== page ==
We will then test the functions written in the rectangle class by creating a main method and then creating an object of rectangle.

/**
 This program demonstrates the Rectangle class's
 setLength and setWidth method.
 */

 public class Demo
 {
 public static void main(String[] args)
 {
 // Create a Rectangle object and assign its
 // address to the box variable.

 Rectangle box = new Rectangle();

 // Indicate what we are doing.
 System.out.println("Sending the value 10.0 " +
 "to the setLength method.");
 System.out.println("Sending the value 20.0 " +
 "to the setWidth method.");

 // Call the box object's setLength method.
 box.setLength(10.0);
 box.setWidth(20.0);
 // Display the area.
 System.out.println("The box's area is " +
 box.getArea());
 // Indicate we are done.
 System.out.println("Done.");
 }
 }
 

The above code must be saved in the same directory as the rectangle class, and then we can run the following command to compile the program.

javac Demo.java

Let’s break down the code to have a deeper understanding of how objects and classes are working—the Statement.

Rectangle box = new Rectangle();

The command declares a variable called box, and the datatype of the variable is a rectangle. The new keyword is used to create an object in memory. After this statement executes, the variable box will reference the object created in memory, as shown.

After we set the length to 10 and set the with to 20 the state of the box object changes.

Avoiding Stale Data

Now you must be wondering why the area of rectangle is not stored, like the length and the width. The area is not stored in a field because it can become stale. When the value of an item depends on another data, and the item is not updated when the data is updated, the item becomes stale.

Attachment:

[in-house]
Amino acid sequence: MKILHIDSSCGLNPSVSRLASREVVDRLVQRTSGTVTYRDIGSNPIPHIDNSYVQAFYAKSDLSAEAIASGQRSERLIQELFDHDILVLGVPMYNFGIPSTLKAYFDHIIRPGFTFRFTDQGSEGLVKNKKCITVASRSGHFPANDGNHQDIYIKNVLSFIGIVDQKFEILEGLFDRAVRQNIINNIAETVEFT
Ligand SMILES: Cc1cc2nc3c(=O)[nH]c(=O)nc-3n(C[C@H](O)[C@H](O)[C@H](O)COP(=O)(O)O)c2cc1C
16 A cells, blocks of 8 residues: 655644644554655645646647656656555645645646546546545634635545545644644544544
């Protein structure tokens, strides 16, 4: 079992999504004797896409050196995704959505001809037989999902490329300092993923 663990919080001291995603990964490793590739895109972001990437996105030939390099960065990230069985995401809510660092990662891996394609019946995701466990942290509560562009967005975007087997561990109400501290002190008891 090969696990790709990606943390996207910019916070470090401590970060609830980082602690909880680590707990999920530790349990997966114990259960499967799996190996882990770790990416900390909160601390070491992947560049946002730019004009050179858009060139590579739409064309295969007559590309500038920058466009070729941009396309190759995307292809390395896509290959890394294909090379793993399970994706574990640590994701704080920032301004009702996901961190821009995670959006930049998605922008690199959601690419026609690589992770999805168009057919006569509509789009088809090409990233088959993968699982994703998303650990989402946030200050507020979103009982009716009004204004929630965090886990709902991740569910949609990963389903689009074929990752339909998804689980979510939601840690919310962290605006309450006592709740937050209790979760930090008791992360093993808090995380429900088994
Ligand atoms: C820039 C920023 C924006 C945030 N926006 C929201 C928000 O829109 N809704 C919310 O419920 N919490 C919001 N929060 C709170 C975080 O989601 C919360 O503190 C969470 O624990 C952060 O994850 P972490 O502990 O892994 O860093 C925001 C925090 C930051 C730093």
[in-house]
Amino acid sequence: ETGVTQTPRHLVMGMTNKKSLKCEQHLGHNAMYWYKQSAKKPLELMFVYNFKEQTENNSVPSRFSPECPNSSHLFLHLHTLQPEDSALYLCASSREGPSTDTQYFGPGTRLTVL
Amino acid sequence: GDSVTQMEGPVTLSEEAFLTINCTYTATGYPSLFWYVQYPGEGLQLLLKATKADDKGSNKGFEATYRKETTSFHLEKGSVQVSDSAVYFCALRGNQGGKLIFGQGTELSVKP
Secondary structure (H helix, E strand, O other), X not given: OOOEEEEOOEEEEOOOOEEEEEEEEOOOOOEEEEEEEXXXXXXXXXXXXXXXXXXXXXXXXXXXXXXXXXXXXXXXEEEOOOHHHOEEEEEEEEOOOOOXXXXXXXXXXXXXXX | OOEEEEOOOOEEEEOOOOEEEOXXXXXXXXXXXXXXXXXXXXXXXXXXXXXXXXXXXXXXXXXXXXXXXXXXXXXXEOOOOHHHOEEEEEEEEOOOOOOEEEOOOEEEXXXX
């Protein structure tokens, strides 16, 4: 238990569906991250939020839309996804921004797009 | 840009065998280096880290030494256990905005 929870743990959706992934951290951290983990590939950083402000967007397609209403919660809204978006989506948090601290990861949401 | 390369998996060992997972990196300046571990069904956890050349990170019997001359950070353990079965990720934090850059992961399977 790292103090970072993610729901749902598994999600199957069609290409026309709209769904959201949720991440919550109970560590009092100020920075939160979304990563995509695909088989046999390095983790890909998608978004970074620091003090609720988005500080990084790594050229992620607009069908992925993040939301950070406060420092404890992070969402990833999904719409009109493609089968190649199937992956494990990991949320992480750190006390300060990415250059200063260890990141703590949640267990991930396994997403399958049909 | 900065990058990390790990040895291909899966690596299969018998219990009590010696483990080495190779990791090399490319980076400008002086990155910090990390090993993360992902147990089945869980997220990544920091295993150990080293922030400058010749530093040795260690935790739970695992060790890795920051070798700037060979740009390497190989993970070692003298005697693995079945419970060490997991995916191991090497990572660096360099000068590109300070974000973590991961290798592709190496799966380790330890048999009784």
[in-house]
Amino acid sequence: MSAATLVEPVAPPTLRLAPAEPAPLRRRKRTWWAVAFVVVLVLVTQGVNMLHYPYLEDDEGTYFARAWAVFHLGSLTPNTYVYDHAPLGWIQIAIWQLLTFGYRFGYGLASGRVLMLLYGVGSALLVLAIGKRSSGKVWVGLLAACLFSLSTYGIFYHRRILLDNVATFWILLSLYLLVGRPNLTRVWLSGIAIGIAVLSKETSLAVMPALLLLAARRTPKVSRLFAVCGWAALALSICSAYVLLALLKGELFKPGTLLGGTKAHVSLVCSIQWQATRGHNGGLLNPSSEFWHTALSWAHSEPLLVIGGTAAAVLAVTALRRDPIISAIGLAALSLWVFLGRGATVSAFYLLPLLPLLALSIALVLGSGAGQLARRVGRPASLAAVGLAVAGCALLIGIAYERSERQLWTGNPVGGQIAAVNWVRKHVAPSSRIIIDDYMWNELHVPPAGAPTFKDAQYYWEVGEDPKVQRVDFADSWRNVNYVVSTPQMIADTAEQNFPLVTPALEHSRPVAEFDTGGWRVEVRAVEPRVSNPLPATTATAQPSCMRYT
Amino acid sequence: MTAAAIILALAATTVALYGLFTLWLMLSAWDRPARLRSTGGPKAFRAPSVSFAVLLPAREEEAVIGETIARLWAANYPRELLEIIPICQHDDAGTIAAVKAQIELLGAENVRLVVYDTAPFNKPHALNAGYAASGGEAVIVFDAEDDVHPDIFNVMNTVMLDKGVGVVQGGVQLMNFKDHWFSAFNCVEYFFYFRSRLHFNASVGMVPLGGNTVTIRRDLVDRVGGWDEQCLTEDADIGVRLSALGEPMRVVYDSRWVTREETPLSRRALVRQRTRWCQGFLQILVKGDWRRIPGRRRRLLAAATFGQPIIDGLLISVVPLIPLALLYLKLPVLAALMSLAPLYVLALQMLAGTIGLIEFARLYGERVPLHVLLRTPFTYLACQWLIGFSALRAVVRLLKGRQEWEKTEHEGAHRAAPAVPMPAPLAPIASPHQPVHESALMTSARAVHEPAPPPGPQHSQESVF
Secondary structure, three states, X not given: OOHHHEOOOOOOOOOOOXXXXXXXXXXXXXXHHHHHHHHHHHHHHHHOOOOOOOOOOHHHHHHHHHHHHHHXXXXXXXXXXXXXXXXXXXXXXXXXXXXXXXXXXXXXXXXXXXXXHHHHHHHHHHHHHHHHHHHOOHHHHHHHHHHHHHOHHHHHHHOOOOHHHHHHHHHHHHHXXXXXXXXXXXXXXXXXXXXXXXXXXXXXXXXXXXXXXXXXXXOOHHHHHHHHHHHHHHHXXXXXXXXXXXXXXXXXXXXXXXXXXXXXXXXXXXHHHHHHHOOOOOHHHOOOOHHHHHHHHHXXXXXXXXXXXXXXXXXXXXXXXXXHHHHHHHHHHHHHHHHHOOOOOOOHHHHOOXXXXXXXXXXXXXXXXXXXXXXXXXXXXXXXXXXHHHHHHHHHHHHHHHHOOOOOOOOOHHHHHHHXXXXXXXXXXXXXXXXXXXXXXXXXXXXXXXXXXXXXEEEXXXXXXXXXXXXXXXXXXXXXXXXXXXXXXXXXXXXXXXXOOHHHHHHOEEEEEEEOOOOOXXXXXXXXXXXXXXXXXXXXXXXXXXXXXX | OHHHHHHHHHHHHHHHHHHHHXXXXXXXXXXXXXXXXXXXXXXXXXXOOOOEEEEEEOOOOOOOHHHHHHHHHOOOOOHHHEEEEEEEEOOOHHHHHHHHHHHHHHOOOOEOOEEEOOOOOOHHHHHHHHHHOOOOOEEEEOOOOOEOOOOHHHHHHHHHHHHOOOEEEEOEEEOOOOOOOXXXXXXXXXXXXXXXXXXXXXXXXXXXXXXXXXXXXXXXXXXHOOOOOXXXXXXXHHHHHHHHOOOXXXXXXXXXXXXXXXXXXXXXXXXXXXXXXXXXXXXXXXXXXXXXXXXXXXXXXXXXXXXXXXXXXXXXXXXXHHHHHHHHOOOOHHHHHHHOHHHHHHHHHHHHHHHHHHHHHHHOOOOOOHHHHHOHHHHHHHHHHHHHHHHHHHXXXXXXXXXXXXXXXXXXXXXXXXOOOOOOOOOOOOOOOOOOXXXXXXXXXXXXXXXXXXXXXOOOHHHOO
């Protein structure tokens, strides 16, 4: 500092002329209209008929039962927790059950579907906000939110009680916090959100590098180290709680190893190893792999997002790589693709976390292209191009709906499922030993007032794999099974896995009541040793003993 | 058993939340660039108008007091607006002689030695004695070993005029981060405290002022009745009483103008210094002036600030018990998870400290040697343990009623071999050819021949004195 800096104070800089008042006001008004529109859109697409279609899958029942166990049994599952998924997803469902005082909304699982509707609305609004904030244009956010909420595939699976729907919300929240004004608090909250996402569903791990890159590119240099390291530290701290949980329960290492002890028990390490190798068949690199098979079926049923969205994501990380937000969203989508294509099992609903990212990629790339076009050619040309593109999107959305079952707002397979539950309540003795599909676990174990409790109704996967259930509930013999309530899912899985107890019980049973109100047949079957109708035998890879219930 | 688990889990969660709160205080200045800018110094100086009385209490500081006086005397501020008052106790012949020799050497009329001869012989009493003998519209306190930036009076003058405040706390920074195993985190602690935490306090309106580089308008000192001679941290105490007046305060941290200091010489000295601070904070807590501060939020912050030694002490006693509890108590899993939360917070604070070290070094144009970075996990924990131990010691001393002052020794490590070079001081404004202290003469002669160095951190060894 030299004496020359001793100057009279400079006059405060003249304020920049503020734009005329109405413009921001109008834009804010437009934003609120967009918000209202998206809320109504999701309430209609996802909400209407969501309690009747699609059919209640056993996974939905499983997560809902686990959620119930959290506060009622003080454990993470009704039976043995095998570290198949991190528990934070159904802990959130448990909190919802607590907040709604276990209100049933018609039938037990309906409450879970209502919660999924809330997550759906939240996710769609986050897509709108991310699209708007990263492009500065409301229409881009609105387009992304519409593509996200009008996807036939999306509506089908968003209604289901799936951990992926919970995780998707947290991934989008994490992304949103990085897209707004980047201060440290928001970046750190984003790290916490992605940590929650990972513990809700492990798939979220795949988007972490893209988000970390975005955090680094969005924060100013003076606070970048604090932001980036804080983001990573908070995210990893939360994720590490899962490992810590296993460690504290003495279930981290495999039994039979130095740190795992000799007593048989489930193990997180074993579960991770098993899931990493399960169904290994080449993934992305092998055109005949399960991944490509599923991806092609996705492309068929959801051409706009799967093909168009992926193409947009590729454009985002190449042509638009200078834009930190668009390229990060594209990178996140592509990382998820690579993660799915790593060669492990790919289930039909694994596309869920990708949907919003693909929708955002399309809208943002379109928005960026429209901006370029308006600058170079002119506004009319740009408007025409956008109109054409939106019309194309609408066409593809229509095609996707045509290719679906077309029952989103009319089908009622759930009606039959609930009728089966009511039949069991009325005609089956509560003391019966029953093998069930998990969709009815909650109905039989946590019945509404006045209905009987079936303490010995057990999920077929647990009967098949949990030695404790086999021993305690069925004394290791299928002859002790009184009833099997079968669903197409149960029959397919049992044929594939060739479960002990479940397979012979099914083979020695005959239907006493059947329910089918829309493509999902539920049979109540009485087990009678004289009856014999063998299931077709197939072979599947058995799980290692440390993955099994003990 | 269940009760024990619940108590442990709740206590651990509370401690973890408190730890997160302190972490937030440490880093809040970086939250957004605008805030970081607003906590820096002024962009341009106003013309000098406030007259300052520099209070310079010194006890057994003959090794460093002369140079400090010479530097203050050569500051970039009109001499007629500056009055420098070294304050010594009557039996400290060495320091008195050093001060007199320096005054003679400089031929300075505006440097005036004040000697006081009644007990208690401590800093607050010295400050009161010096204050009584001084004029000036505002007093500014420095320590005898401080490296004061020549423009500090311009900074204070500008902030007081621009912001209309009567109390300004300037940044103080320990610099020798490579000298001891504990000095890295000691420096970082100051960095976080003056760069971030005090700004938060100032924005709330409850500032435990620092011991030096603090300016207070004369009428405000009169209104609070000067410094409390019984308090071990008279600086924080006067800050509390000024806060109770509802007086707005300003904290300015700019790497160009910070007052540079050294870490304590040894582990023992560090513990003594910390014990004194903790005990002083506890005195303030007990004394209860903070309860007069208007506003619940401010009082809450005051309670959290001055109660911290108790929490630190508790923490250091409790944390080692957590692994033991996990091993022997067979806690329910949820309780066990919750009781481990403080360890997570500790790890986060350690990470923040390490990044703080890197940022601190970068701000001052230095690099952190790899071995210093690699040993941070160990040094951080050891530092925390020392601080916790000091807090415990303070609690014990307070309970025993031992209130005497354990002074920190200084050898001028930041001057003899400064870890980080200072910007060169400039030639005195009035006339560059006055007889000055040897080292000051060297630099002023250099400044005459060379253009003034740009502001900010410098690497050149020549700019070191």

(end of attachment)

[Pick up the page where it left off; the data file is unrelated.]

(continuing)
Constructors

What are constructors? Well, Constructors are a crucial part of a class. A constructor is automatically called when an instance of the class is created. Ever wonder why constructors are called constructors? That’s because they help construct an object. A constructor has the same name as the class and has no return type because constructors are not executed by explicit method calls and cannot return a value.

An example of how constructors work in classes are shown below:

/**
 Rectangle class
 */

 public class Rectangle
 {
  private double length;
  private double width;

 /**
 Constructor
 @param l The length of the rectangle.
 @param w The width of the rectangle.
 */

 public Rectangle(double l, double w)
 {
 length = l;
 width = w;
 }
 }

The constructor shown above is parametrized, and its demonstration is shown in the main function.

/**
 This program demonstrates the Rectangle class's
 constructor.
 */

 public class ConstructorDemo
 {
 public static void main(String[] args)
 {
 // Create a Rectangle object, passing 5.0 and
 // 15.0 as arguments to the constructor.
 Rectangle box = new Rectangle(5.0, 15.0);

 // Display the length.
 System.out.println("The box's length is " +
 box.getLength());

 // Display the width.
 System.out.println("The box's width is " +
 box.getWidth());

 // Display the area.
 System.out.println("The box's area is " +
 box.getArea());
 }
 }

In the demonstration, the length and width are set to 5.0 and 15.0, respectively, and the result of the area comes out to be 5*15 = 75.

A constructor that does not accept arguments is called the no-arg constructor. Therefore, the default constructor is also a no-arg constructor. A default constructor is created when there is no constructor in the class.

UML Diagram

When designing a class, we can use the UML diagram. The UML stands for Unified Modeling Language and depicts classes in an object-oriented system. So what does a UML look like?

UML Skeleton

The first section in the UML holds the class name. The second section has the fields, i.e., the variables, and the third section holds the methods.

UML diagram for the Rectangle class with parameter and data type notation

In the UML diagram, we have some notations. To notify the access specifier of a variable or a method, we have a +, – sign.

// private access specifier depicted by a - sign and datatype is double
-length: double

The variables length and width are private because they start with a – sign and their return type is double.

// public specifier is depicted by a + sign
// function has a return type void
// function takes in argument called length which has a return type double
+ setLength(length:double):void

All the class methods in the UML are public methods as they have a + sign at the start of the method.

Conclusion

That’s all about our introduction tutorial of how objects and classes work in Java. Stay tuned to Code Underscored to keep learning more about Classes and Objects in Java – more guides on the way!